A range of actors have advocated and implemented changes in how international human rights law is made and interpreted to reduce a State’s control over the content of its human rights obligations. Such efforts are premised on the view that State consent is an impediment to development of human rights. This article argues, however, that State consent is essential to the protection of the human right of self-determination, a right which guarantees people collective control over their political, economic, social and cultural development. Thus, efforts to expand international human rights without State consent themselves infringe upon a human right.
Because consent is essential to protecting the right to self-determination, efforts to limit State consent must be undertaken consistently with the traditional methodology for adjudicating rights competitions: proportionality analysis. Proportionality requires that limitations upon self-determination be based upon a human rights rationale that is proportionate to the restriction in question. Advocates for diminishing the role of State consent in human rights lawmaking have not conducted this analysis.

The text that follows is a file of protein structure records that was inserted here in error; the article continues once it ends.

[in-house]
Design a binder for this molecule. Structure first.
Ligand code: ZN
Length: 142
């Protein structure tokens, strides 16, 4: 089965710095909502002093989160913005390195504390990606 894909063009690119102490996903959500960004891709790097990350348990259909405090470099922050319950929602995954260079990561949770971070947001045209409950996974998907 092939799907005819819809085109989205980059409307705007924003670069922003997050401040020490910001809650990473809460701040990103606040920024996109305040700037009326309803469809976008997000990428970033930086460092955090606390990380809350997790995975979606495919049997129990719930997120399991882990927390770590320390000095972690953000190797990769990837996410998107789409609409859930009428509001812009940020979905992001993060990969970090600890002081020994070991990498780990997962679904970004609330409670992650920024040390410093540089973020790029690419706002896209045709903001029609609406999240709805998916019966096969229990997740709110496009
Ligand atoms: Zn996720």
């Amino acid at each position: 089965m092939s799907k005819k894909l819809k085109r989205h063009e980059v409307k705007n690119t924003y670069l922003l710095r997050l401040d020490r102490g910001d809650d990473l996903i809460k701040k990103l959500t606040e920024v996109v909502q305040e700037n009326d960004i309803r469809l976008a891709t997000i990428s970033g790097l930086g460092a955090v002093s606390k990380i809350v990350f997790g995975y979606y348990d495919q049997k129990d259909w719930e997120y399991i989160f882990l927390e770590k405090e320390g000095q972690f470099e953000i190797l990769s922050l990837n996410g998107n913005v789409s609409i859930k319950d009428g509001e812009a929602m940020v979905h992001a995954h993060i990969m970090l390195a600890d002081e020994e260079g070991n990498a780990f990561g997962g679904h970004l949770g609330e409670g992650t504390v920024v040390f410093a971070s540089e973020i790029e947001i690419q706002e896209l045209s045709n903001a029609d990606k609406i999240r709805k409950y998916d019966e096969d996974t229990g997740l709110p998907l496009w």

Proportionality analysis reveals that many current efforts in practice and scholarship to restrict the consent principle are difficult to reconcile with self-determination. This Article concludes by defending changes to current practice necessary to ensure self-determination is considered when evaluating changes to international human rights lawmaking and interpretation.
- Human Rights,
- International Law
Available at: http://works.bepress.com/vijay_padmanabhan/5/